Life lessons from people I can't even connect with on Facebook

It is 11:38 PM on a Friday night. I just got home after running a few errands including grabbing some stuff for breakfast for the family tomorrow at the local grocery. They must have been getting ready to close because their aisles were filled with pallets and pallets of consumable goods. There were more than a few patrons still left in the store but they were by no means busy. I always like hitting the store at that time. You get to try to put together pieces of these people's lives. Why are they at the store at this moment? I think I'm fairly good at the game and it's fairly obvious why they are there.

As I'm leaving I walk past this one guy as he's walking in. He has this old portable "boombox" stereo that he is bringing in with him. Ah, the cleaner. And suddenly I'm hit with a wave of memories I haven't thought about in a long, long time.

I used to work at that very Burger King when I was 16 years old. I started out working as a crew member doing a bit of everything. When the summer hit I started working the late night shift. It was until close which was probably sometime between 11 PM and 1 PM depending on the night. I think my shift usually started around 8 PM. With just under an hour or a half hour before we closed Steve would start his shift.

Steve was probably in his early thirties at the time. Maybe younger. He was a bit of a loaner but probably the nicest person I had met in my life at that point outside of my family and my circle of friends. He was quiet but always made an effort to smile and genuinely seem interested in "How are you?" He had big red scars up and down his face and on one side of his body. That probably explained the loaner part. Luckily I was naive enough to not totally alienate him at the time because of it. At least I hope I didn't.

Steve worked when Burger King was closed. At age 16 that blew my mind. What is it like? What do you do? Can I do it? I was enthralled. We developed a friendship over the summer and there were a few nights I stayed past my shift, off the clock to just talk to Steve and have him show me the ropes. In fact it was late that summer and Steve had to take some time off. I convinced my manager to let me take on those duties for the week or so while Steve was out. I worked from 11 PM until 7 AM. Unsupervised. By myself. Taking apart the BK broiler, soaking it in this awful dye and scrubbing everything to the best of my ability. I'm pretty sure some labor laws were broken there. I loved it. There is something about walking in with your boombox knowing that you'll own the store in a few moments while you work solo.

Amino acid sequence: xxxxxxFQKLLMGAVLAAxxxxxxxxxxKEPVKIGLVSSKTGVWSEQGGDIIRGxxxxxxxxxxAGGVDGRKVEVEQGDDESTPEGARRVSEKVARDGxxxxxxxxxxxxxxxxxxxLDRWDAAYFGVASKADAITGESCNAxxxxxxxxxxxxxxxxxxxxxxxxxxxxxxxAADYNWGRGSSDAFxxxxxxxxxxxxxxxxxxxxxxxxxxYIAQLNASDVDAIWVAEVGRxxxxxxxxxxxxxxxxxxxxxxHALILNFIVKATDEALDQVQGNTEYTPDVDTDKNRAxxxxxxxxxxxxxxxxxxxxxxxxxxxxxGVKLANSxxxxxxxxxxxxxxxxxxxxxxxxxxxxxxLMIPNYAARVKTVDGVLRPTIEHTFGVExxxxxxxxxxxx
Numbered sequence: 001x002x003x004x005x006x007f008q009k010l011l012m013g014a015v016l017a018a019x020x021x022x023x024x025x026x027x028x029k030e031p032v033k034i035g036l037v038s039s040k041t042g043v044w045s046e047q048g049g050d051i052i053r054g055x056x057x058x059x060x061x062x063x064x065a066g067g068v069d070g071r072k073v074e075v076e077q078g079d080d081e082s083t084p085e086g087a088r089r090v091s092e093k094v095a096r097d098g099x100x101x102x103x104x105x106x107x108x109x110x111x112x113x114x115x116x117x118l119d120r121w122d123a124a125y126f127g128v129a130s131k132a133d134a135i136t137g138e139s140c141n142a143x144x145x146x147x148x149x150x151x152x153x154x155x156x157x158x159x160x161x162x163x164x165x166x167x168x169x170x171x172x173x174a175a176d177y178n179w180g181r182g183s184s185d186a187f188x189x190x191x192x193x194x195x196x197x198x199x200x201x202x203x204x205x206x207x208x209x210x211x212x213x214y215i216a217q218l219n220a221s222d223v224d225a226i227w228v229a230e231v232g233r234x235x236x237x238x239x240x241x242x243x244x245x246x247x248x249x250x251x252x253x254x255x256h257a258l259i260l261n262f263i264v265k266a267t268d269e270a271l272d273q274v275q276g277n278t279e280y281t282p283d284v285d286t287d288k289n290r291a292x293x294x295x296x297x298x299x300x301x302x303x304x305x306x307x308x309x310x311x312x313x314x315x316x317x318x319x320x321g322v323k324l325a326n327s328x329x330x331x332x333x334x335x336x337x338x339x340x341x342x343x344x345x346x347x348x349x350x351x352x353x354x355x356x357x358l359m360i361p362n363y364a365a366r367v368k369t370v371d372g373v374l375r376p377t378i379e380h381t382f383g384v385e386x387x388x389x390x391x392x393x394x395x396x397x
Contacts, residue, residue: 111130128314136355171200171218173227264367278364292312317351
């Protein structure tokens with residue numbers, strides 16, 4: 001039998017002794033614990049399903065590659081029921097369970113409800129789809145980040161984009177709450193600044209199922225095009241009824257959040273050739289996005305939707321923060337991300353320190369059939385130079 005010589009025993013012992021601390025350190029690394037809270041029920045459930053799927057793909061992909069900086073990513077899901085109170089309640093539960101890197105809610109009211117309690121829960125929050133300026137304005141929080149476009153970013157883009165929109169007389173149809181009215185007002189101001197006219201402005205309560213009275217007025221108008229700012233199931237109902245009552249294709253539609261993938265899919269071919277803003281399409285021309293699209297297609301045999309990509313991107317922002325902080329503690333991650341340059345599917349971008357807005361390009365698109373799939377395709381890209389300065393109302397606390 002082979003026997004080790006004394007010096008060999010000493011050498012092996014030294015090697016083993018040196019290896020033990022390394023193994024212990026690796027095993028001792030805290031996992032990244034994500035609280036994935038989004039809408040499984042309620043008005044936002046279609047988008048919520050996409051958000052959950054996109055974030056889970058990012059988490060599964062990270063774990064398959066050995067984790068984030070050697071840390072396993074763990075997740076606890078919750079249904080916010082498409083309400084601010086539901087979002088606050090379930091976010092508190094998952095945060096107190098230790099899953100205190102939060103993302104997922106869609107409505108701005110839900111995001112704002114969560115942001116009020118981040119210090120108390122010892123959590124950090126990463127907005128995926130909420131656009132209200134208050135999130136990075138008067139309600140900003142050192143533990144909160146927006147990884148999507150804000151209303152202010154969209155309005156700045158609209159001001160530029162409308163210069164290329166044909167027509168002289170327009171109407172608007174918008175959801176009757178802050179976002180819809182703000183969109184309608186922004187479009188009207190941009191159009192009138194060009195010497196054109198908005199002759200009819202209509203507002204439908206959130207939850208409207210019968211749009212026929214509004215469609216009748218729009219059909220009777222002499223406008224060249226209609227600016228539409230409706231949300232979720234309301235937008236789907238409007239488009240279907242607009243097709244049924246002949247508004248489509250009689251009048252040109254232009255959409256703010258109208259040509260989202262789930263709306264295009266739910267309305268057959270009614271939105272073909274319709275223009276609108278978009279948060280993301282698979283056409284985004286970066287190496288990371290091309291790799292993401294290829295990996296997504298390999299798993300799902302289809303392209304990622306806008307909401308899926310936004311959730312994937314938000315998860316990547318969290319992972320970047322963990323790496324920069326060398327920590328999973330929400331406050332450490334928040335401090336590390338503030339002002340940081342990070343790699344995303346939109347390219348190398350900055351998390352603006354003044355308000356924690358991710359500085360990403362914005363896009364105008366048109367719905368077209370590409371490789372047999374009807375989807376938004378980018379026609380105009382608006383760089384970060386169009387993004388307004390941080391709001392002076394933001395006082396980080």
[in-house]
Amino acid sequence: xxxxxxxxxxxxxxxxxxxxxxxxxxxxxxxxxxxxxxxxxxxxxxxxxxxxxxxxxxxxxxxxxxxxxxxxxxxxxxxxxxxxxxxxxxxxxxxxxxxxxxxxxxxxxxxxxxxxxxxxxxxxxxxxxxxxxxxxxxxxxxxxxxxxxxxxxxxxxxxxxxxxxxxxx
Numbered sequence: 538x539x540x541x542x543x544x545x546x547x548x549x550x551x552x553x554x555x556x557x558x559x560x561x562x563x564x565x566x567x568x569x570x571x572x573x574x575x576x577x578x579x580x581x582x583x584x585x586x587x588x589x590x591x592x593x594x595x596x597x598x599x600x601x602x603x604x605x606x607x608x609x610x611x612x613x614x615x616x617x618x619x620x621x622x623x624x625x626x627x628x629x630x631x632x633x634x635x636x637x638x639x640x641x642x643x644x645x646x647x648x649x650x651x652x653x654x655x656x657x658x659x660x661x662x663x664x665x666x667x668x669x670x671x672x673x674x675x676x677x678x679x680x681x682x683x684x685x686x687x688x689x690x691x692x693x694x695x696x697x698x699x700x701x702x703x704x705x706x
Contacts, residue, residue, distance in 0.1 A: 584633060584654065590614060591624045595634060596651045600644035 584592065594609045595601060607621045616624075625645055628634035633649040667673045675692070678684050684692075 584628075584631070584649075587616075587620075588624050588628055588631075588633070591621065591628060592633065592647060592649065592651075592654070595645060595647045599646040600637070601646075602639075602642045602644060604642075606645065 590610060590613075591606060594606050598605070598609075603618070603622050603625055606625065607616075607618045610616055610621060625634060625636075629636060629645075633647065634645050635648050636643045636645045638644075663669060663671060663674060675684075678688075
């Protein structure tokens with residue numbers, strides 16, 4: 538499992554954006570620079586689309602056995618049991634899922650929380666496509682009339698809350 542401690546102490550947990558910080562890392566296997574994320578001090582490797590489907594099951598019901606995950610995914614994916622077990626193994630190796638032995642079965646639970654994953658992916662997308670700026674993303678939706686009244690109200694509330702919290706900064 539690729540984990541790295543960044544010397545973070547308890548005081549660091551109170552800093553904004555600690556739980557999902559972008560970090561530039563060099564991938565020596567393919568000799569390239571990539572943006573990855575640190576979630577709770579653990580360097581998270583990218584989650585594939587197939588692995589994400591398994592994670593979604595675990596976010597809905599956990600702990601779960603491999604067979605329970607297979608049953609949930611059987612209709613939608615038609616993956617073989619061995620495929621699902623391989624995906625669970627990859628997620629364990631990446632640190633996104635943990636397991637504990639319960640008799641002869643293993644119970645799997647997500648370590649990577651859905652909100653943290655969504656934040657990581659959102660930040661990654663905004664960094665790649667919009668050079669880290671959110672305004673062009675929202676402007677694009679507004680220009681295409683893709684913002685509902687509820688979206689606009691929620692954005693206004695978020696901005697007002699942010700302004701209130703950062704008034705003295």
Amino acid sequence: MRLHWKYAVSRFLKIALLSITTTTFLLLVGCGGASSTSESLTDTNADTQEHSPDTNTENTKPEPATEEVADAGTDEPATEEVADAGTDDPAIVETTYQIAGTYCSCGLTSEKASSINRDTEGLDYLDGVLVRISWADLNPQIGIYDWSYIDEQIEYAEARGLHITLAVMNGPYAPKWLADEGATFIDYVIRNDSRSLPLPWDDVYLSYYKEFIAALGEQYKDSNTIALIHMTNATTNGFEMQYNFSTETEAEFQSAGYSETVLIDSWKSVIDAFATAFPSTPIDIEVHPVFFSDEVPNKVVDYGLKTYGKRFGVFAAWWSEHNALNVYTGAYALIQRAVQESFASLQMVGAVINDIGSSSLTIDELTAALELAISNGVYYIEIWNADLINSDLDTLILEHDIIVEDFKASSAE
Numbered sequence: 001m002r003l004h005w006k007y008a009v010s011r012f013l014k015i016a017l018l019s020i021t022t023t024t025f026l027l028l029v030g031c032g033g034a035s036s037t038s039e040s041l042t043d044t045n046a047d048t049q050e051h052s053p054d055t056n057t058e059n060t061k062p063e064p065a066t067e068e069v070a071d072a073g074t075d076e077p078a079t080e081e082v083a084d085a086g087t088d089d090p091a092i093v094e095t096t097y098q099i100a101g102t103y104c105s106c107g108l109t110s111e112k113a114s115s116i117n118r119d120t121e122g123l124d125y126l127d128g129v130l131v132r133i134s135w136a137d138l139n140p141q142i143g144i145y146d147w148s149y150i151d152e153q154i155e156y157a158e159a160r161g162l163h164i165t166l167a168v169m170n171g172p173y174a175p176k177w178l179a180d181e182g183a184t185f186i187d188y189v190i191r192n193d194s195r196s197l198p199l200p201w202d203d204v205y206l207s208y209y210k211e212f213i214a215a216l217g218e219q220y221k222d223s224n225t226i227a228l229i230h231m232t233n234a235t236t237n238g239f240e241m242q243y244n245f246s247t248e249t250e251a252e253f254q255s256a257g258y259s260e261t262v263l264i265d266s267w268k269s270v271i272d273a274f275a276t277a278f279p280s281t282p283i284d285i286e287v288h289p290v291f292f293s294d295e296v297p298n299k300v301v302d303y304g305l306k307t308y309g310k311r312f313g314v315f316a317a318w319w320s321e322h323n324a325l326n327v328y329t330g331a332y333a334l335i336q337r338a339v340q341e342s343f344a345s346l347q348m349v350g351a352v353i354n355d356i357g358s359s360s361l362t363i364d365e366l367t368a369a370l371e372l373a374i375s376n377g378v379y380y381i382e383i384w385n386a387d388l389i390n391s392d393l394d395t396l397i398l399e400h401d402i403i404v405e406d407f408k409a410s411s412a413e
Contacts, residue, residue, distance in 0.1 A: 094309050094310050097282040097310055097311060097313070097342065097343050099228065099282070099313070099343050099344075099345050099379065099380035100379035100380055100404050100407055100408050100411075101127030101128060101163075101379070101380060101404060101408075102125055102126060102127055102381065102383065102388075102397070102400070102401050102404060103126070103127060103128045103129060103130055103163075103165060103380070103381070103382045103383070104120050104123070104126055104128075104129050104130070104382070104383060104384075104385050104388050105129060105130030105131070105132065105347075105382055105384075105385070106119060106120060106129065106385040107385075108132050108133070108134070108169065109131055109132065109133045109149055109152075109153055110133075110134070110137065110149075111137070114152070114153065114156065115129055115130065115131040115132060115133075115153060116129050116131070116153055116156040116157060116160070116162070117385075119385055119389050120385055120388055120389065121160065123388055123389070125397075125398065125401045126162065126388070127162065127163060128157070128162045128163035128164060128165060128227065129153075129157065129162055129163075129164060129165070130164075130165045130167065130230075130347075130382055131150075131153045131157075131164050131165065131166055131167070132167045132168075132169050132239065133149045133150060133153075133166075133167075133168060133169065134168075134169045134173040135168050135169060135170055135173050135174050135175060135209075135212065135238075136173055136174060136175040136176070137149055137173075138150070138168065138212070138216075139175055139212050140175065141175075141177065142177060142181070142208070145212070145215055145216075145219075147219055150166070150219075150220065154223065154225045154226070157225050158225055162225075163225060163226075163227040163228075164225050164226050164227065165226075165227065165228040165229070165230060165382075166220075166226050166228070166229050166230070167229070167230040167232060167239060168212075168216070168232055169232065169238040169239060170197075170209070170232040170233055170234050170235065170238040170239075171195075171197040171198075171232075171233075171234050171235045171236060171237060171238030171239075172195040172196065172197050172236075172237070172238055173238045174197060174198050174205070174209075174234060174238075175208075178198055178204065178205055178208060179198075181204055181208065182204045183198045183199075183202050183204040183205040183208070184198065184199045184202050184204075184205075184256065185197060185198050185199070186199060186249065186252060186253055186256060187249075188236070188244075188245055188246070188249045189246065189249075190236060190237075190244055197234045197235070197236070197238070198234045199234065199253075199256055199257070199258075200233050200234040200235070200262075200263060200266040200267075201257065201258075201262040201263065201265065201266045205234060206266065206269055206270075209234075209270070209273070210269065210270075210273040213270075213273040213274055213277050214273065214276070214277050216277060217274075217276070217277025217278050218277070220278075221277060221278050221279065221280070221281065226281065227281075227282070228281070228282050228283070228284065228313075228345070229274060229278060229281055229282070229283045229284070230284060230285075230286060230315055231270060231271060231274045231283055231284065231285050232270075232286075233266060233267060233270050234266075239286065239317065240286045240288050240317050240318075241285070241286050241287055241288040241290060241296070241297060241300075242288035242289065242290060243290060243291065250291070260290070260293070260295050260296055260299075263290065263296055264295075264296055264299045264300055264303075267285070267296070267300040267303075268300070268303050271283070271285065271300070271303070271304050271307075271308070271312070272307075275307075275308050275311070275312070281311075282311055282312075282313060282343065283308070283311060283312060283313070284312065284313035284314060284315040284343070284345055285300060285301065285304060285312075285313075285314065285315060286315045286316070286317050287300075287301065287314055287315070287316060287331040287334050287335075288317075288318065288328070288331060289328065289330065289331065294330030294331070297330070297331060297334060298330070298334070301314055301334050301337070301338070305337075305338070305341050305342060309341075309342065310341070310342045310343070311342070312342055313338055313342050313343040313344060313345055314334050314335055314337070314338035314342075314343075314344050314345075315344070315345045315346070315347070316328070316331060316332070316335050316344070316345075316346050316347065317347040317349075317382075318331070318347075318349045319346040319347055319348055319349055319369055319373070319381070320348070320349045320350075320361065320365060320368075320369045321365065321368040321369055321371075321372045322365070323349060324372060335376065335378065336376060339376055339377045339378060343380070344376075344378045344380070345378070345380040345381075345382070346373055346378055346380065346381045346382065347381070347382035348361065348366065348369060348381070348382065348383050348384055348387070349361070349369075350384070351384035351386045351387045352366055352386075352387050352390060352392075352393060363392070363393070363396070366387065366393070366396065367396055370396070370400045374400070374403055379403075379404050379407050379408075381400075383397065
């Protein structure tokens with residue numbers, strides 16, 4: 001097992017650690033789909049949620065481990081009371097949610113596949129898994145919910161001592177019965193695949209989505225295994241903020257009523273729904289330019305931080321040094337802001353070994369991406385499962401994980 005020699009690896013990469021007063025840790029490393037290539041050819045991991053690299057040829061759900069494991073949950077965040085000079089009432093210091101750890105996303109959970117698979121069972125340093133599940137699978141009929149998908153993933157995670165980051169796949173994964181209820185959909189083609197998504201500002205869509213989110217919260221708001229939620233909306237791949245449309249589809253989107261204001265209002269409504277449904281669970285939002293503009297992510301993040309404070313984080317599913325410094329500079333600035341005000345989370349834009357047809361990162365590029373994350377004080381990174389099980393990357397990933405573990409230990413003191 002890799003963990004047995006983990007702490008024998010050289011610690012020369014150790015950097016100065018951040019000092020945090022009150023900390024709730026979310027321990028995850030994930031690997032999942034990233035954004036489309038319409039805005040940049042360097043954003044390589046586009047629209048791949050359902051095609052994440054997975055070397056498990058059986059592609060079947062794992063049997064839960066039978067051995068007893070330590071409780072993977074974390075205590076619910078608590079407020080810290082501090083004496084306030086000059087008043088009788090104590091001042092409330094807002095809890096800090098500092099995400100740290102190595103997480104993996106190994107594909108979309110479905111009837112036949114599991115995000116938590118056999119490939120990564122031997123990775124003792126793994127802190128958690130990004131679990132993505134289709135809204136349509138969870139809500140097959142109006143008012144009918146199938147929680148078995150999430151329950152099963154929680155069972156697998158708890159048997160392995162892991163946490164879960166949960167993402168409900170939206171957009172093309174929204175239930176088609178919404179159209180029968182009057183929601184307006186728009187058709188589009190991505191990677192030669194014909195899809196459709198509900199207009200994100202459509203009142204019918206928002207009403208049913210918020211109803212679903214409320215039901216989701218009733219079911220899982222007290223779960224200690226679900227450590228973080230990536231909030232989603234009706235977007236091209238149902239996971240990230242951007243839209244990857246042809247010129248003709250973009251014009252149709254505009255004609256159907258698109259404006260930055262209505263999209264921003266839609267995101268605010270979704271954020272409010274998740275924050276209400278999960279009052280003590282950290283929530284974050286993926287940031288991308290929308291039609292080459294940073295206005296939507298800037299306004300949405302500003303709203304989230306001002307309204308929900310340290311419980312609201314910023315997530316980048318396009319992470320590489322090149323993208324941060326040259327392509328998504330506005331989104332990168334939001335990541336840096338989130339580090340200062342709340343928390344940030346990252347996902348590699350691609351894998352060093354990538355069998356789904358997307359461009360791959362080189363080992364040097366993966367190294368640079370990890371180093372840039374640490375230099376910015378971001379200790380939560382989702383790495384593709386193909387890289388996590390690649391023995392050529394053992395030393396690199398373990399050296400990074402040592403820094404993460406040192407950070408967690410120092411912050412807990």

And that wasn't even my first job.

I started working at Casa de Oro when I was 15 years old. (yes, yes it is pretty much across the street from Burger King) I washed dishes. My sister had a friend working there that helped get me a job. Believe it or not I think I was trying to help save money for a computer. That was a crazy first job. I think I was too young and dumb to be nervous. But just thinking of what my first day must have been like makes me nervous now.

Mike was also a dishwasher. Like Steve, I'm remembering him as kind of a loaner type and probably early thirties as well. Maybe mid to late twenties. Like Steve, Mike always had a smile on his face. Mike's smile was infectious. Ear to ear infectious. Mike was deaf and wore hearing aides. His speech was affected by this. And like Steve, I think and hope I was naive enough to not alienate him. Mike also taught me the ropes.

Mike taught be how to work fast. Always work hard but fast. He was crazy speedy. And he was funny as hell. I had a blast working with Mike. It was probably my second week in and him and I were a team. He would pick me up on Saturday's to go to work before the place opened and drop me off well after the last drunk person left the restaurant. We worked tirelessly on Saturday's and it was a blast.

I have no way of contacting these two men to tell them thanks.

I think they helped me learn how to work hard but still have fun. How to be friendly and genuinely enjoy people different than you. They obviously weren't the only ones who taught me these values.

My father was a living breathing example of what a strong work ethic looked like every day of his life.

But tonight. Tonight I wonder about Mike and Steve. I hope they are over-the-top happy. I want them to know what a positive role they played in my life, even if it was such a short amount of time our paths crossed.

I'm glad I worked at Casa de Oro. I'm glad I worked at Burger King. I'm glad I worked at all those jobs before I landed "THE" job at the record store. Ah the record store. THAT was an entirely different lifetime ago also...